"It's hard for students to bring
cans of food to campus," said Roy.
Fowler said money collected
from the tins will be usd to "fill the
gaps" in food donations. "We have
a special problem getting protein —
we get spaghetti but not spaghetti
sauce," she said.
Fowler said students coming for
food aid have included married
students with families, single
parents, and visa students, especially those not sponsored by their
countries.
She added some students whose
parents are able to support them
but refuse to, have come to the
food bank. These students are ineligible for student aid because of
their parents' financial status.
St. Vincent de Paul has been at
SFU since Christmas 1984.
At UBC, although a food bank
has not been set up, several campus
groups have organized food drives
for the Vancouver food bank.
Nindy Duggal, science
undergraduate society food drive
Bill 1, students 0
By STEPHEN WISENTHAL
Okanagan College student have
mixed feelings following their early
morning meeting with Premier Bennett Monday where he agreed to attend a future public meeting with
students at the college.
The students expected a private
meeting with Bennett, but were
greeted by press representatives
when they showed up at his constituency office at 7:30 a.m., said
Karen Schild, an Okanagan College
student association executive
member.
"We didn't know what to think.
We had assumed it was sort of a
private meeting," said Schild.
"We  were  intimidated  by  the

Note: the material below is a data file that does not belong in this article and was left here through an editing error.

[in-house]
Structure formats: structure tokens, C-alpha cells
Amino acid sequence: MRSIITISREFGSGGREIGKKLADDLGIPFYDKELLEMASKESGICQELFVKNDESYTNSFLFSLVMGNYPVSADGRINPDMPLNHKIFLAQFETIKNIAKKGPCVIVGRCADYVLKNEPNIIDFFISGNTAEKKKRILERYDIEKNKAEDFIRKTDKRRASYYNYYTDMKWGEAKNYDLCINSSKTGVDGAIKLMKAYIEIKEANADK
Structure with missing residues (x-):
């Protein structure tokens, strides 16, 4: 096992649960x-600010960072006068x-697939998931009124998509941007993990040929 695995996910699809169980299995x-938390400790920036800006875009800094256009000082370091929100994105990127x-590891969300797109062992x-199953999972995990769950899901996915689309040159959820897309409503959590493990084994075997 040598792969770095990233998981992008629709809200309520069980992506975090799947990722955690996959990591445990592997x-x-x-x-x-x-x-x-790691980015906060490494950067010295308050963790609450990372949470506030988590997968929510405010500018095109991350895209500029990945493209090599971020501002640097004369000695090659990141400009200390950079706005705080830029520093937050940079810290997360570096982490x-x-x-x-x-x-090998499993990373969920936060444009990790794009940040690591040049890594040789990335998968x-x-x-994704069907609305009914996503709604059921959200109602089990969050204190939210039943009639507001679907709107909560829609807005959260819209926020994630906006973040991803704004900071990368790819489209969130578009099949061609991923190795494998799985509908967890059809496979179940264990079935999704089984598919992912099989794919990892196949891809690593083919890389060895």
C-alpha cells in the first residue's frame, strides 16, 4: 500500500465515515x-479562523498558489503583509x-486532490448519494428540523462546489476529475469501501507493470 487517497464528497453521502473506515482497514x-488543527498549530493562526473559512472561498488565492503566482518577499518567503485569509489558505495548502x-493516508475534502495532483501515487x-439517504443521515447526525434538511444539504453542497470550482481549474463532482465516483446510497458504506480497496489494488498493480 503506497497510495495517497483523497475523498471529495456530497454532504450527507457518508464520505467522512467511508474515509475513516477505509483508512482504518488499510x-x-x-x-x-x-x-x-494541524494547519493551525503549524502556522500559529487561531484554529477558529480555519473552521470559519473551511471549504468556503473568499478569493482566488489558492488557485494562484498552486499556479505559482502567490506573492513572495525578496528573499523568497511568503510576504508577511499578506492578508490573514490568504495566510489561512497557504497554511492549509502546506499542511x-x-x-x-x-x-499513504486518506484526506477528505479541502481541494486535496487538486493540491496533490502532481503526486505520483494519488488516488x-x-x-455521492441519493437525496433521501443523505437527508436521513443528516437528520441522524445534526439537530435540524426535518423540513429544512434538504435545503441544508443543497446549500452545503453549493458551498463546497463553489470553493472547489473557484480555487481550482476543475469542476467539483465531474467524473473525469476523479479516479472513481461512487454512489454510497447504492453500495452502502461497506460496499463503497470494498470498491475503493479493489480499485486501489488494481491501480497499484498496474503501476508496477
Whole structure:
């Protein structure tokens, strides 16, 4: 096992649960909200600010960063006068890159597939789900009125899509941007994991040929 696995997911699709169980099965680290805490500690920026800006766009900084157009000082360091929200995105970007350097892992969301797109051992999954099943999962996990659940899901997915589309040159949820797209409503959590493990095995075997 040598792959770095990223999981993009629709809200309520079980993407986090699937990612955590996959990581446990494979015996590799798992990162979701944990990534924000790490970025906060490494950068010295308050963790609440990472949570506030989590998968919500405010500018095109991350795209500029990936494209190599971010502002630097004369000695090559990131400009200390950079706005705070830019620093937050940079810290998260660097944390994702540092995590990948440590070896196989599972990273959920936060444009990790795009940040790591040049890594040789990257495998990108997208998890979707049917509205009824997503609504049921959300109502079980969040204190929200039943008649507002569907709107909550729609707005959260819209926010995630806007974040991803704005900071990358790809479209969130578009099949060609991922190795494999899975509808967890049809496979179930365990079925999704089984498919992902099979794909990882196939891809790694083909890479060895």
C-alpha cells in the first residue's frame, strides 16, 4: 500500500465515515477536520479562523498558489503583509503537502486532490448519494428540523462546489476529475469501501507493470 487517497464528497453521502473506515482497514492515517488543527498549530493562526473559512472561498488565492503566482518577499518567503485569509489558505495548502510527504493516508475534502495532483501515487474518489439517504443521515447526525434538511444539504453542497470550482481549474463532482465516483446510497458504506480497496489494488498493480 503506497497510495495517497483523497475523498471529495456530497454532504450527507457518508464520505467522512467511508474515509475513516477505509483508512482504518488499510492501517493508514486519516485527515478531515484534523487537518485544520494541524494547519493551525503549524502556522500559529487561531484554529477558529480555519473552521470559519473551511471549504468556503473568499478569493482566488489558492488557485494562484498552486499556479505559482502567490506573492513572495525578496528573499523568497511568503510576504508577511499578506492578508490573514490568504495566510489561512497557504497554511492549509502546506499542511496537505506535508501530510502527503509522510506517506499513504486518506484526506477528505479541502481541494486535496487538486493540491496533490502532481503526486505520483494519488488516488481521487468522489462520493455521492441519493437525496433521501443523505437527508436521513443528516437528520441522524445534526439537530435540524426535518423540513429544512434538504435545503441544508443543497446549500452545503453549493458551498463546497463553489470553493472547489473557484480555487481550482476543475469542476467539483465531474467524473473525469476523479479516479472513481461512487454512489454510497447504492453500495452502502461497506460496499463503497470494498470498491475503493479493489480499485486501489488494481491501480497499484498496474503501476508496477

U of T gives
SJl. grants
TORONTO (CUP)—University of
Toronto president George Connell,
who convinced the governing council not to divest six weeks ago, has
created bursaries for four black
South African students.
There are few details on the bursaries, other than they will come
from the regular bursary budget
and could cost up to $25,000 a student over a four-year program.
In September, anti-apartheid activists criticised Connell for refusing
to divest U of T of its holdings in
Canadian companies dealing with
South Africa. At the time, Connell
said he wanted to refrain from
"political action in matters not relevant to university affairs," and
recommended U of T divest only if
the companies failed to adhere to
federal guide lines on doing
business in South Africa.
Claire Johnson, a student
representative on the council supported divestment and thinks Con-
nell's bursaries show a contradiction.
"There's no question about it —
it's political," she said. "It's a
charitable effort" and "charity is a
little harder to attack" than
economic sanctions, she said.
The part-time undergraduate said
the bursaries are a "nice gesture"
but she questions whether there are
many blacks who can use them.
"Under the Bantu education act,
not that many (blacks) are qualified
to attend university," she said.
Connell could not be reached for
comment.
The university has promised a
written policy on divestment by
January.
media there."
Okanagan student Lome Tod-
derian said eight or ten media people representing the local cable